(1) CAMERON’S SF OVERVIEW. It’s remarkable how many people think I haven’t covered this before. But as my motto says, “It’s always news to somebody.” At AV Club: “James Cameron’s Story Of Science Fiction is a solid, albeit navel-gazing, primer”.
Cameron has made some truly great sci-fi movies (Avatar notwithstanding), and if anyone else were heading up a discussion of the genre, they’d undoubtedly devote a segment or several to the creator of the Terminator franchise. As he notes during a chat with Arnold Schwarzenegger, “Skynet” is synonymous with “robot revolution.” There’s no denying what Cameron’s contributed to the genre, and there’s a certain joy in seeing him geek out with Lucas, who had to be cajoled into participating, and Spielberg.
(2) LEFT COAST. Detailed options for watching the launch in person are given at the link: “Where to Watch NASA’s InSight Mars Lander Launch from the California Coast”.
NASA’s next Mars mission will be the first Red Planet spacecraft to lift off from the West Coast. The InSight Mars lander is scheduled to launch on Saturday (May 5) at no earlier than 4:05 a.m. PDT (7:05 a.m. EDT/1105 GMT). Here’s how you can watch it in person, or online at Space.com or other locations.
InSight will provide an interior snapshot of Mars to learn more about how rocky planets are formed. A heat probe will dig under the surface to look at the temperature of the interior. A seismometer will measure marsquakes and meteorite hits. In addition, a radio science instrument will transmit InSight’s position to Earth as the planet wobbles in its orbit around the sun. The wobble provides information about the composition and size of the Martian core.
(3) BONESTELL. The Newport Beach Film Festival screens “Chesley Bonestell: A Brush With The Future” on May 1.
Behind every architect and builder is an artist who takes designs and ideas, morphing them into beautiful images for everyone to understand. Chesley Bonestell was this artist, yet very few know his name. He worked on the Golden Gate Bridge and the Chrysler Building, as a matte artist on famous movies like Citizen Kane, and his mesmerizing paintings of planets and star systems helped jumpstart America’s space program. His iconic “Saturn As Seen From Titan”, became known as “the painting that launched a thousand careers.” Discover the power of the forgotten man whose art inspired Americans to conquer “The Final Frontier”.
Watch the trailer – Ray Bradbury shows up at 2:08.
(4) ONE IS THE ONLIEST NUMBER. Ars Technica’s Chris Lee says that in her new book, Lost in Math: How Beauty Leads Physics Astray, theoretical physicist Sabine Hossenfelder argues that the search for Beauty and Naturalness may be leading theoretical physics in a wrong direction. Well established physics whose math looks beautiful now were often regarded at ugly kludges when they were proposed: “Lost in Math: Beauty != truth”
…Hossenfelder is sounding that alarm by suggesting that perhaps theoretical physicists need to spend a little more time on introspection and examining some of their working assumptions. Theoretical physics has been starved of new data for more than an entire generation. How can a theoretician choose a good model in the absence of data? And how do you choose which experimental options to pursue based on competing theoretical models?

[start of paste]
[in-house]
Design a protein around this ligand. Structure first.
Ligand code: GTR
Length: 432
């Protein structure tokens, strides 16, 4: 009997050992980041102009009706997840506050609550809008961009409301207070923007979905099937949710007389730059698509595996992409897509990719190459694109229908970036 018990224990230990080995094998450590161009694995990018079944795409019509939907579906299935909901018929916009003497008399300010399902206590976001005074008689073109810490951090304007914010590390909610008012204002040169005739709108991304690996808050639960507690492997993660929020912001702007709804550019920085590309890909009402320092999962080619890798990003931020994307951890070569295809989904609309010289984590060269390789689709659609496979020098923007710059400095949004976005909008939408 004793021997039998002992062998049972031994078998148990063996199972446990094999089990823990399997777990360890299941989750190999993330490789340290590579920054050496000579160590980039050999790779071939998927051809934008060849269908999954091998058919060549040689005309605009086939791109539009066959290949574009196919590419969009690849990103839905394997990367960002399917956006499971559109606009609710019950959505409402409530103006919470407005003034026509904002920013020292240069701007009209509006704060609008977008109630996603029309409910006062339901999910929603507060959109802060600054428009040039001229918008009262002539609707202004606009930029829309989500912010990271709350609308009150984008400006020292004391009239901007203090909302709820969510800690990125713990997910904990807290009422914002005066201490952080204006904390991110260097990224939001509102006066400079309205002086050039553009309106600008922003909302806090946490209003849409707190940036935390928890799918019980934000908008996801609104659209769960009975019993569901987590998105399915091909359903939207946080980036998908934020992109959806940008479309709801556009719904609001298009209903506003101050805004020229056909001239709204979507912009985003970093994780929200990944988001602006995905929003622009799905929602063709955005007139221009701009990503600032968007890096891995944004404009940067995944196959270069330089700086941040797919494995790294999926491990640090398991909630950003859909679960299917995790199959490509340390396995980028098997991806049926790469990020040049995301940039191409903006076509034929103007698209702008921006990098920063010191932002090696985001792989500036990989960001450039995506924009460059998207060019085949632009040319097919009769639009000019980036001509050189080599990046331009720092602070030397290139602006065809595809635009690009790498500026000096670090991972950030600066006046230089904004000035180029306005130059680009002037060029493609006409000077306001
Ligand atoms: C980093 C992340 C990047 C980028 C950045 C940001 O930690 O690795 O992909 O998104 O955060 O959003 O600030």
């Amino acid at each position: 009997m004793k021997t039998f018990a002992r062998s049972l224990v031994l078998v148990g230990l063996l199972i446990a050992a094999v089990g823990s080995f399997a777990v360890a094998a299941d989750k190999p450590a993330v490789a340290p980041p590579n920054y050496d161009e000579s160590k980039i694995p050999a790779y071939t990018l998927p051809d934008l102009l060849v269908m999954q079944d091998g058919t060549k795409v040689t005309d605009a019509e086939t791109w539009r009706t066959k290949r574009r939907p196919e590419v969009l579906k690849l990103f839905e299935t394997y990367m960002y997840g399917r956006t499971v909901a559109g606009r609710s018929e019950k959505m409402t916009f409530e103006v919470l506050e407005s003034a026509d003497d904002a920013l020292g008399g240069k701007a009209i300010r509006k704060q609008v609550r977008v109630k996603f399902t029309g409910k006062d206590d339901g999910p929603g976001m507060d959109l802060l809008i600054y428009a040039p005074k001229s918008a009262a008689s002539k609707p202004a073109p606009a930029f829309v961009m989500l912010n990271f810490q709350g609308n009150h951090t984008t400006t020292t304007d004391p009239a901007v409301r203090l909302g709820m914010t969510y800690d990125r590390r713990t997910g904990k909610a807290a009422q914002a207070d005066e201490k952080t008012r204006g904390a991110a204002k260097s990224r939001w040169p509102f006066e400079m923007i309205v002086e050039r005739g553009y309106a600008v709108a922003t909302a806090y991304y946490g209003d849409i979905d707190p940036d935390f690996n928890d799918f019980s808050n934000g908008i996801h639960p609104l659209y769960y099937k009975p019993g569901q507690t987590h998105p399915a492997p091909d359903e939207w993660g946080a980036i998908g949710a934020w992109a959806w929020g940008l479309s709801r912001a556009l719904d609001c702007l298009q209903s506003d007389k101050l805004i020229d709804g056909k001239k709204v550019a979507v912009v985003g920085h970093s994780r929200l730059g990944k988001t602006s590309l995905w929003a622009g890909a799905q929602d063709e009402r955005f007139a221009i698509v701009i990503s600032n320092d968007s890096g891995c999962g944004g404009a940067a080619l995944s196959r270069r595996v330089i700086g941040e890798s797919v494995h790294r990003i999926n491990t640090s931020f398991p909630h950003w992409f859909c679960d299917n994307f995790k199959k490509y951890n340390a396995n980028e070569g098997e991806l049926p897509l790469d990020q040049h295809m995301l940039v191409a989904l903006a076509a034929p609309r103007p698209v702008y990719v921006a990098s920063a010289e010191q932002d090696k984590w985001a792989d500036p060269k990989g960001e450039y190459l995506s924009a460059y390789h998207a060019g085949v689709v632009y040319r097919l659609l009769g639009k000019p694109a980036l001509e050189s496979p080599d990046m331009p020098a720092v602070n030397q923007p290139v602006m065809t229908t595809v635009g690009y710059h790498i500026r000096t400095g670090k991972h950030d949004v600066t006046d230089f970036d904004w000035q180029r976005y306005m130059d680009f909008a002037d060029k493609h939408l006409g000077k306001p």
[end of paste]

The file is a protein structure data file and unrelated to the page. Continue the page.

…In Lost in Math, Hossenfelder delves briefly into the history of particle physics in order to explain the success of the Standard Model of particles and forces. She touches on why we’ve not had any unexplainable data from experimental particle physics for the last 50 years. She then takes us on a tour of the data that make us think we should be looking for physics that is not explained by the Standard Model—dark matter, dark energy, and cosmic inflation.
…But what makes a “good” theory in the absence of data? You and I might think that this would be predictions for new data and, yes, that plays a role. But Hossenfelder takes us into a realm where theories are decades from being tested. Unfortunately, we need to evaluate their quality now so we can determine how much effort we put into preparing for those tests. What is the criteria for that?
The answer is… ugly. Theoreticians make the following sorts of arguments: the Standard Model is described by math that physicists find beautiful; therefore, we insist that new physics be described by mathematical beauty. That’s paired with another argument, termed naturalness. What is naturalness? It turns out that everything should be about equal to one. If a theory produces a very large number, that is OK, as long as it also produces another very large number so that the difference or ratio of the two is, you guessed it, roughly unity. One is the most natural and only acceptable answer. Any other answer is unnatural because it is unlikely to occur by chance.
(5) PAROLINI OBIT. Gianfranco Parolini (1930-2018): Italian director / screenwriter, often billed as “Frank Kramer”, reportedly died April 26 at the age of 88. Genre entries include The Fury of Hercules (1962), The Three Fantastic Supermen (1967), Giant of the 20th Century (1977). He also introduced one of the iconic spaghetti western anti-heroes in Sabata (1969).
(6) TODAY’S BIRTHDAYS
- Born April 30, 1938 — Larry Niven
- Born April 30, 1985 – Gal Gadot
(7) COMICS SECTION.
- Beware “friends” bearing harpoons – Speed Bump.
- Daniel Dern sent along his explication of today’s Sally Forth, because a lot of us will need one —
Hilary is their teen-age daughter. Here’s the speech being referenced:
The guy (Michael Keaton) driving Peter Parker (Spider-Man) and his date to the school dance isn’t just the date’s dad, he’s also the Big Bad for this movie (The Vulture). Peter didn’t know that until he showed up at their house, dad didn’t know Peter was S-M until this conversation.
(8) BOARD GAME ACCUSATION. Eric Franklin synopsized a “Communiqué from the French Game Designers Union about the Alien / Nostromo game”
“The brief: A few years ago, François Bachelart showed an Alien-themed game off to a publisher (Wonder Dice). It’s not uncommon for designers to create prototypes and the like for dream licenses – re-theming a game is often part of the development process. They negotiated with the designer for a while, but the two sides couldn’t come to an agreement.